My Way Or the Highway

Your hands freeze on the controls as your instructor barks out “No! Don’t do that! Why on earth did you just do that? Who told you to do it that way?” Ever been there? Say, somewhere between righteous resentment, and being humiliated into a near-comatose state? Well, it’s one thing to be debating some acknowledged subtlety of technique in a classroom, like leaning, or when to bring up the gear after takeoff in a retractable gear airplane (or when to lower them, for that matter). It’s another thing entirely when personal preferences assume the elevated stature of right vs. wrong (and worse, a pilot’s self-esteem gets pummeled in the process). In the case of new pilots in particular, it can be the greatest disservice an instructor can offer.

To succeed in aviation, we develop the athlete’s ability to live in the present moment, at times exercising every last ounce of skill, discipline, and judgment — wisdom, if you will. Well, we’re at least cognizant of what’s around us, even while we’re reaching back in our minds for the knowledge we have acquired at an earlier time. Although there is very little athletics in the serenity of cruise flight, throw in one or more of any number of challenges, and sooner or later, we all meet The Wall.

The ingredients in the recipe for what makes a good pilot don’t have quantities attached to them, and what makes for the Right Stuff is pretty fuzzy. Just as the definition of the term “airmanship” is indistinct in the minds of most, in our day to day flying we sometimes forget that there is a distinct difference between procedure and technique. Just because someone does something a different way doesn’t necessarily mean that there’s a lack of proficiency involved. Yes, for many critical actions, there is only one right way — but for even more of the things we do in aviation, there isn’t just one way to get from point A to point B. That may mean going around the airplane counterclockwise on a preflight … choosing the “wing low” method versus crabbing into a crosswind on final … or even within the more rigid procedural realm of instrument flight … the exact way one chooses to enter a holding pattern.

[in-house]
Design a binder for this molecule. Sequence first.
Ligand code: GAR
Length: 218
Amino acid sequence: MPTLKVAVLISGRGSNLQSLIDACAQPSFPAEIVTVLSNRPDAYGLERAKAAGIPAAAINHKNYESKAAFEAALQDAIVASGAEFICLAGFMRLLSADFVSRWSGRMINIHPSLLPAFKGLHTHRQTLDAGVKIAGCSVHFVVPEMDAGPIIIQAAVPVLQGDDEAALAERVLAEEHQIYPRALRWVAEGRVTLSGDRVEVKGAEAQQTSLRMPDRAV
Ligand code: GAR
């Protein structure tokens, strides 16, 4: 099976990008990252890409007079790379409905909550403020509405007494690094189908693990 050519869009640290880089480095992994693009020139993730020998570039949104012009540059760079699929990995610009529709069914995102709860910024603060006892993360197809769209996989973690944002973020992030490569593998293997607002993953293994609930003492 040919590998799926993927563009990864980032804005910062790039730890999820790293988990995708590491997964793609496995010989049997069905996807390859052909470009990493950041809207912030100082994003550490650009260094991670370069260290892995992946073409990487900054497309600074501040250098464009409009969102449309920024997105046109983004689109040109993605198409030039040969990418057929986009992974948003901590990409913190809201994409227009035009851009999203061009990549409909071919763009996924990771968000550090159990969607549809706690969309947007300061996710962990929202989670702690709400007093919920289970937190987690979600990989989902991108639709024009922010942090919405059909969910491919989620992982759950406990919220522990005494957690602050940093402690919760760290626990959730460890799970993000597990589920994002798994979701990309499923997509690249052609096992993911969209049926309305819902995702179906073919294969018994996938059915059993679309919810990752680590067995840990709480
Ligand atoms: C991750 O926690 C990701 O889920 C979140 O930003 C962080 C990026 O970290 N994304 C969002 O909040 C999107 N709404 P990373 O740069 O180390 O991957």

What is procedure? What is technique? What’s the difference? Well, they’re both listed in the dictionary as being nouns… Here is a consensus on these two terms, taken from several dictionaries. The italics are mine.

  • pro·ce·dure: a set of actions which is the accepted way of doing something, or a particular way of accomplishing something or of acting. 2. a series of steps followed in a regular definite order, taken to accomplish an end. 3. a set of traditional or established forms or methods for conducting the affairs of an organized body such as a business, club, or government.
  • tech·nique: a method of accomplishing a desired aim, or a way of doing an activity requiring skill, in the arts, sport, science, etc., or the way in which the fundamentals, as of an artistic work, are handled, or the manner in which technical details are treated, or basic physical movements are used; also, the ability to treat such details or use such movements and the skill or command in handling such fundamentals.

Perhaps the best example of the difference between these two terms as they apply within aviation occurs near the very beginning of your training. Example: If you experience difficulty with something and your flight instructor recalls that different people learn differently, he or she might try a different approach (i.e., technique) to teach you a particular procedure.

So, it’s no overpowering mystery…

  • Procedure is what you do;
  • Technique is how you do it.